A bowl of muesli containing a tablespoon of dried fruit also counts as one of your disease-protective five-a-day portions.
It's the breakfast staple that's often spruiked as being the healthiest choice. But that box of cereal on your kitchen benchtop might not be the best option, according to Australian dietitian, Ali Patterson.
The Victoria-based expert told Coach that despite their wholesome image, many cereals are packed with sugar.
'Unfortunately many breakfast cereals on the market are highly processed with lots of added sugars and can be low in fibre,' Ms Patterson told the publication.
So just how do you know if the box you're looking at in the supermarket is the right choice? First of all, Ms Patterson said it's important to look at the ingredients list - the shorter the better. "Since ingredients are listed in order from highest to lowest proportion, ideally we want to choose cereals with wholegrain, fibre-rich ingredients near the start of the list – for example oats, wholegrain bran flakes and dried fruit," she said.
The expert said that consumers should keep an eye out for any words that reveal the packet contains sugar.
'Other words like 'clusters' or 'granola' can also be clues that there may be added sugar in the cereal,' she added.
The dietitian went on to say that rice bubbles are a good choice for those wanting to steer clear of the sweet stuff - with a sugar content of 15g per serve when eaten with full fat milk.  

But her top pick, however, is oats. 
"They’re cheap, high in fibre and have no added sugars," she said. "Best of all they’re so versatile – you can make them into porridge, muesli or soak them overnight and turn them into a bircher."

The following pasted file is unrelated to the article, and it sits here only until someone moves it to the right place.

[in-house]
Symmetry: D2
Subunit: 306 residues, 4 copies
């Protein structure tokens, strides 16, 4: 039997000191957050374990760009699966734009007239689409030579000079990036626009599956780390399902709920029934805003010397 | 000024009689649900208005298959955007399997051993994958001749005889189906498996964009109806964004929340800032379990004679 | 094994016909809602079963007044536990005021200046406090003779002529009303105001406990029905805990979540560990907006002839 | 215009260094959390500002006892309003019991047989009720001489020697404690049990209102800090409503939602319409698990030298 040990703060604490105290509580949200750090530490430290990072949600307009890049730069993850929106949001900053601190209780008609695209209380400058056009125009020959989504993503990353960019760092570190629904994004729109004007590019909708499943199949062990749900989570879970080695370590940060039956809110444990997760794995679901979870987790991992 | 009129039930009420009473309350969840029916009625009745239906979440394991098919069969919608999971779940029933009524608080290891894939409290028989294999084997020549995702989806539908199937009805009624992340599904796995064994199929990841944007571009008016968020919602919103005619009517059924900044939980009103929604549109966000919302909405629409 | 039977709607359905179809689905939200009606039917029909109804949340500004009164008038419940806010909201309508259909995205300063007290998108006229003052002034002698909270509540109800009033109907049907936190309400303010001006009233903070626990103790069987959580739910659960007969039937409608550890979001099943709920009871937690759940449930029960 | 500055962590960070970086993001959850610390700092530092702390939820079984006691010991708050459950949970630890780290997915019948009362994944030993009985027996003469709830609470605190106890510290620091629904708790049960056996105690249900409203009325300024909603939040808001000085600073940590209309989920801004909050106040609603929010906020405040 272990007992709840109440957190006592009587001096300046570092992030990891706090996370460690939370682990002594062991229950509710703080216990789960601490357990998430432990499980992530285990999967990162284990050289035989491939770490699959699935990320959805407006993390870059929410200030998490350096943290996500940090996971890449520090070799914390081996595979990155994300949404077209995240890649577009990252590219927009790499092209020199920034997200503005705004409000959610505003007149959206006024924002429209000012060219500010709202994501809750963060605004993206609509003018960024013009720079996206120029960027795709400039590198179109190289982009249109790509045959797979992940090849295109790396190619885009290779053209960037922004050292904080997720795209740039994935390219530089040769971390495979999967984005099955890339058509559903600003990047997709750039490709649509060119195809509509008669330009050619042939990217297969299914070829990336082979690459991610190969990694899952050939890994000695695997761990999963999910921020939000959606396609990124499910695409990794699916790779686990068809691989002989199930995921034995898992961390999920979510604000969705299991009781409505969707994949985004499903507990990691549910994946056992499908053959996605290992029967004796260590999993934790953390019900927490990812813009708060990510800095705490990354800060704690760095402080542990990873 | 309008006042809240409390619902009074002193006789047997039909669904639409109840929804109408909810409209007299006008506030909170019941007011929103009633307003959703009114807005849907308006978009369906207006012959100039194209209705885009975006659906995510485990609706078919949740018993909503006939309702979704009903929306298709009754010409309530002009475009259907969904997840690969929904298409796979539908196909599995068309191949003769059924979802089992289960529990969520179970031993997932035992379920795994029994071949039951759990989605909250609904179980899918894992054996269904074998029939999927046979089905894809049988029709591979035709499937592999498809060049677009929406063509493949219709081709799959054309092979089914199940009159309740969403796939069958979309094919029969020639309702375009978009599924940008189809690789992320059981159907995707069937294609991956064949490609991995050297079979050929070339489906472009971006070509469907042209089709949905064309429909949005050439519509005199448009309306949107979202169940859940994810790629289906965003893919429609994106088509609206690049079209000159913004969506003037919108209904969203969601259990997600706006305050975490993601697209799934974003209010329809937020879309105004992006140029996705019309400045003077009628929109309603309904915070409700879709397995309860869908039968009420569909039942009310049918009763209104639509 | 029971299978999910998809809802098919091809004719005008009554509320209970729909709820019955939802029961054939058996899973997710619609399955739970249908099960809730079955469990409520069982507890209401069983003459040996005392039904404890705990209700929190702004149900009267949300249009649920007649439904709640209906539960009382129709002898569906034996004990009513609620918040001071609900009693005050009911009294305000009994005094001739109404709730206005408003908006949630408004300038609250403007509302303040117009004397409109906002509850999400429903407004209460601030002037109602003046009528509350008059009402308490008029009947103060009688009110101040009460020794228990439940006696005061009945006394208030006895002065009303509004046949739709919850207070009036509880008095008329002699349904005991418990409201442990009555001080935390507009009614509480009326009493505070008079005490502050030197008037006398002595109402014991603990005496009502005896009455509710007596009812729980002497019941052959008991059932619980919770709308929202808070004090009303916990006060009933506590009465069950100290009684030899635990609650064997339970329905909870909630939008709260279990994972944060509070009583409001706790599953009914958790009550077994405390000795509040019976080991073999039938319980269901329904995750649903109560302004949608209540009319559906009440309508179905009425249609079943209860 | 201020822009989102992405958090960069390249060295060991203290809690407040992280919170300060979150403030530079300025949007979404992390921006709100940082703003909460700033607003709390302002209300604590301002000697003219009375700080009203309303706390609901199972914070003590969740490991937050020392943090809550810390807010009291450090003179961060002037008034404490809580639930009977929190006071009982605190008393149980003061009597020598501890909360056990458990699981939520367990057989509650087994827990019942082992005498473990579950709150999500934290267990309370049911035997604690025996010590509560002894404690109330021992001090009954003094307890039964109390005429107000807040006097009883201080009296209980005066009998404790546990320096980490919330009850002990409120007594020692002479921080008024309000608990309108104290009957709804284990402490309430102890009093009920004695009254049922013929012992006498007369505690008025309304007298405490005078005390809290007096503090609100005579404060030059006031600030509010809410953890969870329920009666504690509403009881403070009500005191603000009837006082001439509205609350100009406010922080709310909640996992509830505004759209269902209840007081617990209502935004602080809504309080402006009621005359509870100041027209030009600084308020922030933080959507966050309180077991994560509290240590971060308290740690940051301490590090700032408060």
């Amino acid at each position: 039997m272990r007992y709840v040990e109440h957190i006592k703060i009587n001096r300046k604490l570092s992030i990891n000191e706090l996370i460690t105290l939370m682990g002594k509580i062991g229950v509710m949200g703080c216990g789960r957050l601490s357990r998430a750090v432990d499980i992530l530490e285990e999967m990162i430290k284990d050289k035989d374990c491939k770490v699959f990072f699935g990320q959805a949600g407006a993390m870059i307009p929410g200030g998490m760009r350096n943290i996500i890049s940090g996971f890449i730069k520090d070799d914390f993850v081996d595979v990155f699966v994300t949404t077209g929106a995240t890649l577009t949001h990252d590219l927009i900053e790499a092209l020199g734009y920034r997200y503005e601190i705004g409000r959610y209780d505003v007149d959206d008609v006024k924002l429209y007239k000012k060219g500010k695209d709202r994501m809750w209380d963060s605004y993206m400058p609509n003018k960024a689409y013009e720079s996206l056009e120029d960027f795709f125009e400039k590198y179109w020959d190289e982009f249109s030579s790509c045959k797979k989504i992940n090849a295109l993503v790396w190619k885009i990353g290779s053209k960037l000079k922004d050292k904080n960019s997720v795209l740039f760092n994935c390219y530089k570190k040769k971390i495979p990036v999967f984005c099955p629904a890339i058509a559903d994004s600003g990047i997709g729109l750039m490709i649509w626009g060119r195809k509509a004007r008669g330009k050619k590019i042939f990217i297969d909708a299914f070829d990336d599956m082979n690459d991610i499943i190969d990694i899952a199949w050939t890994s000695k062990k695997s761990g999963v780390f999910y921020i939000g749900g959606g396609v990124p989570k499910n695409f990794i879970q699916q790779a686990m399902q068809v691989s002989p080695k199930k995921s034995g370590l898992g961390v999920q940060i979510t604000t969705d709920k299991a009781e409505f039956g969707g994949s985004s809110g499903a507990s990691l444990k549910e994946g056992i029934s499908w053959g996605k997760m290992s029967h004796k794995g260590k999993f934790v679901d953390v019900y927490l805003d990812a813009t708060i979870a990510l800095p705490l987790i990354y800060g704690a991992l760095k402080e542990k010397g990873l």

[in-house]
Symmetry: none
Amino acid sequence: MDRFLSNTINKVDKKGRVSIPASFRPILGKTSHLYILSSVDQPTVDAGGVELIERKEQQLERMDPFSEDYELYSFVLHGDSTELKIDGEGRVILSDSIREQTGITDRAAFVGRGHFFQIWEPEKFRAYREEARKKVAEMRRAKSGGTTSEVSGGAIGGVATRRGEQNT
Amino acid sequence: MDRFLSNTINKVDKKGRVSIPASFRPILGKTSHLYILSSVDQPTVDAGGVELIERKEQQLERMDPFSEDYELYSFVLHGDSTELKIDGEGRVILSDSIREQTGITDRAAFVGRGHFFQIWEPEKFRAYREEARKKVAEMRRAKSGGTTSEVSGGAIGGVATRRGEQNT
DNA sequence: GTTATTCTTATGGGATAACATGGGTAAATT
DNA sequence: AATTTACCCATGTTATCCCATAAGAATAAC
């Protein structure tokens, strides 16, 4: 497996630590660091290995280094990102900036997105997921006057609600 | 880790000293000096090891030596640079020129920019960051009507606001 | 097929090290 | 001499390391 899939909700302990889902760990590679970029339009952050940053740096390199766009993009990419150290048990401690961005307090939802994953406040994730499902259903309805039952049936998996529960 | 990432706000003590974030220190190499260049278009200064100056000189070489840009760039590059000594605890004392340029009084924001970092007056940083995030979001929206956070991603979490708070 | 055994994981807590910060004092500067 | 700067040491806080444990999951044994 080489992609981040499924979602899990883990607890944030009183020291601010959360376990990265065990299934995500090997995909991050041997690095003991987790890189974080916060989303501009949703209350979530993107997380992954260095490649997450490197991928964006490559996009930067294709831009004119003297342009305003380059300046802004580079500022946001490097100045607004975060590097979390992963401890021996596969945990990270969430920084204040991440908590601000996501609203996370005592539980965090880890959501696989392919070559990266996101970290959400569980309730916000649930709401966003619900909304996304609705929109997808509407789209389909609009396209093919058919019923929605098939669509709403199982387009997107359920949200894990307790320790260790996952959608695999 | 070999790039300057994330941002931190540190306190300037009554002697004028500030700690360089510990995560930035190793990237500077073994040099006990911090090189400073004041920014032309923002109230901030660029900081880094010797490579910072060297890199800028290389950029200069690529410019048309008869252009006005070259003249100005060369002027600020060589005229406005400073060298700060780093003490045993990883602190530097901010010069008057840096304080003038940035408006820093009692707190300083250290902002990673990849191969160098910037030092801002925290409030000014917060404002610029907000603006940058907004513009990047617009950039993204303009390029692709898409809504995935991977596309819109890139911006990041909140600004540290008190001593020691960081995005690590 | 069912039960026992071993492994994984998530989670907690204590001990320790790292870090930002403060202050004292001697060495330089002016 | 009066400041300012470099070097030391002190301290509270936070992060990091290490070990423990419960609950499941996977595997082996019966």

BREAKFAST CEREAL TIPS BY LYNDI COHEN
* FIBRE: To supercharge her cereal, Lyndi Cohen will always add a handful of nuts or seeds to boost fibre.
* PORTIONS: Instead of weighing her cereal, Ms Cohen will eat it with a teaspoon from a teacup and fill up on fruit if she's still hungry afterwards.
* CLUSTERS: They might taste great, but Ms Cohen said they often contain lots of sugar and are best avoided.
* GLUTEN-FREE: Unless you are gluten-free, Ms Cohen said don't make this choice, as often the cereals will contain less fibre.
 
 * SUGAR: Check to see how much refined sugar a cereal has, and check to see if it's listed in the top three or four ingredients.
* LOW GI: Some cereals will say on the packet if they are low GI, but it costs companies quite a lot to test this. Lots of home-brand oats will also be low GI.
* BUFFET: Ms Cohen finally said you need to choose a cereal which will maintain its structure for longer. Low fibre breakfast cereals go soggy really quickly when you add milk. Something like oats or Sultana Bran will maintain its structure and is better for you. Source: Lyndi Cohen 
 
Daily Mail